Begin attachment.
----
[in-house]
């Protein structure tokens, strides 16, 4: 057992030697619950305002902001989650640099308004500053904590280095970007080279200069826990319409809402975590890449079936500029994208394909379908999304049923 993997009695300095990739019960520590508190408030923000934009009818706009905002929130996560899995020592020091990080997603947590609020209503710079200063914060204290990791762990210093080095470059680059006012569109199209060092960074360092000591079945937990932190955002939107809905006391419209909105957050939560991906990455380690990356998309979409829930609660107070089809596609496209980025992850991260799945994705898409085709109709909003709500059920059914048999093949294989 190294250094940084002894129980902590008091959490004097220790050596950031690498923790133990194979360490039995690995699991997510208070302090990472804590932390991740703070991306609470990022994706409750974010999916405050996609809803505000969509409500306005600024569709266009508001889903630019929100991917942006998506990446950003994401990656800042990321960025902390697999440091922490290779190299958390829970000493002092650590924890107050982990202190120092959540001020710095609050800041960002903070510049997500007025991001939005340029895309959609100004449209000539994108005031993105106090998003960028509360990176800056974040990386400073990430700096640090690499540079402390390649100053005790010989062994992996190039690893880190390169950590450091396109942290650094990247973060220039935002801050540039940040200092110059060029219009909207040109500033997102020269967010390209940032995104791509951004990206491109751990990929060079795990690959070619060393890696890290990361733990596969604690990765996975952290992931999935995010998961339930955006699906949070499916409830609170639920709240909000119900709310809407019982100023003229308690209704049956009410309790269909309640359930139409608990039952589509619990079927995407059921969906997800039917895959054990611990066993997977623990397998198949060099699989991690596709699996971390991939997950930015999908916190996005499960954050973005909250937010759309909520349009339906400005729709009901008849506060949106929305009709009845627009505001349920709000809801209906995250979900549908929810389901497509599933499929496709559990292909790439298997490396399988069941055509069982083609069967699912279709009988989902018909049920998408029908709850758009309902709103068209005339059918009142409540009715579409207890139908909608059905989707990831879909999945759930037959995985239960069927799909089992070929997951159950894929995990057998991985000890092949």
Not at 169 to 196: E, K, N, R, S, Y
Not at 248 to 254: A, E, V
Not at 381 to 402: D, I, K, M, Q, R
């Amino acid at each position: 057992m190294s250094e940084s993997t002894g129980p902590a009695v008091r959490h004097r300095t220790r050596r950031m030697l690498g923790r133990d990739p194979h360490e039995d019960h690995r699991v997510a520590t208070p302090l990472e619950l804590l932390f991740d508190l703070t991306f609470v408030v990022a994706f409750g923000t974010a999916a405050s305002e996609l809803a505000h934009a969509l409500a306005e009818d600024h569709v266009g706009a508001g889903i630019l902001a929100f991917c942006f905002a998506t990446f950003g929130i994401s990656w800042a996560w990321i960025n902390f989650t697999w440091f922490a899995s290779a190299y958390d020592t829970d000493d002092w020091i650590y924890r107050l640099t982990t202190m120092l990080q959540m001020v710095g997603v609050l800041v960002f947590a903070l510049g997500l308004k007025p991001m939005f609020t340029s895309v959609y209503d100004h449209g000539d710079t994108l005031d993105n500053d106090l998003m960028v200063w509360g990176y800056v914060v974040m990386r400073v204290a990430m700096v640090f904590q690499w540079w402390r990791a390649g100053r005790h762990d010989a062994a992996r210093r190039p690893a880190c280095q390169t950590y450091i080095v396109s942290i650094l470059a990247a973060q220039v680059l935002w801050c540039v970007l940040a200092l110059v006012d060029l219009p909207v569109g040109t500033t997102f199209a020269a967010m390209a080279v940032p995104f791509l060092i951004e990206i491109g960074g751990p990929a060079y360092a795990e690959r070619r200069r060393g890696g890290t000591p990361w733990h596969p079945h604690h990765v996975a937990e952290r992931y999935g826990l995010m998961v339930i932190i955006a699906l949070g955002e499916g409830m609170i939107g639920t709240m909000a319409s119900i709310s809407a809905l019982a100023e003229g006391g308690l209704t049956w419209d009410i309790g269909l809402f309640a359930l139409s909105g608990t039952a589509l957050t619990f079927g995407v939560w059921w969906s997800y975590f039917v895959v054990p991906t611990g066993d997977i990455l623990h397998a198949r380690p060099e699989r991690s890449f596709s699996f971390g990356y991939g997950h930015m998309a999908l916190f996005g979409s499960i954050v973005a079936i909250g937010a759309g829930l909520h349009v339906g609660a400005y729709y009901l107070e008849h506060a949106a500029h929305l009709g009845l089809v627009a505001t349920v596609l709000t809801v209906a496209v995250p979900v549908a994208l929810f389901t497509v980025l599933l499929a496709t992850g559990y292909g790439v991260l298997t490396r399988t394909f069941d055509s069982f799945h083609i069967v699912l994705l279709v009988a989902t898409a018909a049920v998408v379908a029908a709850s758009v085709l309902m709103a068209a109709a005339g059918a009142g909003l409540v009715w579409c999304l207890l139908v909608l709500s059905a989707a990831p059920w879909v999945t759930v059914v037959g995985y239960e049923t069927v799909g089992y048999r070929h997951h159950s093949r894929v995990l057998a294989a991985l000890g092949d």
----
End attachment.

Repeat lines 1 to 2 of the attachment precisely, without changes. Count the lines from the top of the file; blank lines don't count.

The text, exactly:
[in-house]
């Protein structure tokens, strides 16, 4: 057992030697619950305002902001989650640099308004500053904590280095970007080279200069826990319409809402975590890449079936500029994208394909379908999304049923 993997009695300095990739019960520590508190408030923000934009009818706009905002929130996560899995020592020091990080997603947590609020209503710079200063914060204290990791762990210093080095470059680059006012569109199209060092960074360092000591079945937990932190955002939107809905006391419209909105957050939560991906990455380690990356998309979409829930609660107070089809596609496209980025992850991260799945994705898409085709109709909003709500059920059914048999093949294989 190294250094940084002894129980902590008091959490004097220790050596950031690498923790133990194979360490039995690995699991997510208070302090990472804590932390991740703070991306609470990022994706409750974010999916405050996609809803505000969509409500306005600024569709266009508001889903630019929100991917942006998506990446950003994401990656800042990321960025902390697999440091922490290779190299958390829970000493002092650590924890107050982990202190120092959540001020710095609050800041960002903070510049997500007025991001939005340029895309959609100004449209000539994108005031993105106090998003960028509360990176800056974040990386400073990430700096640090690499540079402390390649100053005790010989062994992996190039690893880190390169950590450091396109942290650094990247973060220039935002801050540039940040200092110059060029219009909207040109500033997102020269967010390209940032995104791509951004990206491109751990990929060079795990690959070619060393890696890290990361733990596969604690990765996975952290992931999935995010998961339930955006699906949070499916409830609170639920709240909000119900709310809407019982100023003229308690209704049956009410309790269909309640359930139409608990039952589509619990079927995407059921969906997800039917895959054990611990066993997977623990397998198949060099699989991690596709699996971390991939997950930015999908916190996005499960954050973005909250937010759309909520349009339906400005729709009901008849506060949106929305009709009845627009505001349920709000809801209906995250979900549908929810389901497509599933499929496709559990292909790439298997490396399988069941055509069982083609069967699912279709009988989902018909049920998408029908709850758009309902709103068209005339059918009142409540009715579409207890139908909608059905989707990831879909999945759930037959995985239960069927799909089992070929997951159950894929995990057998991985000890092949």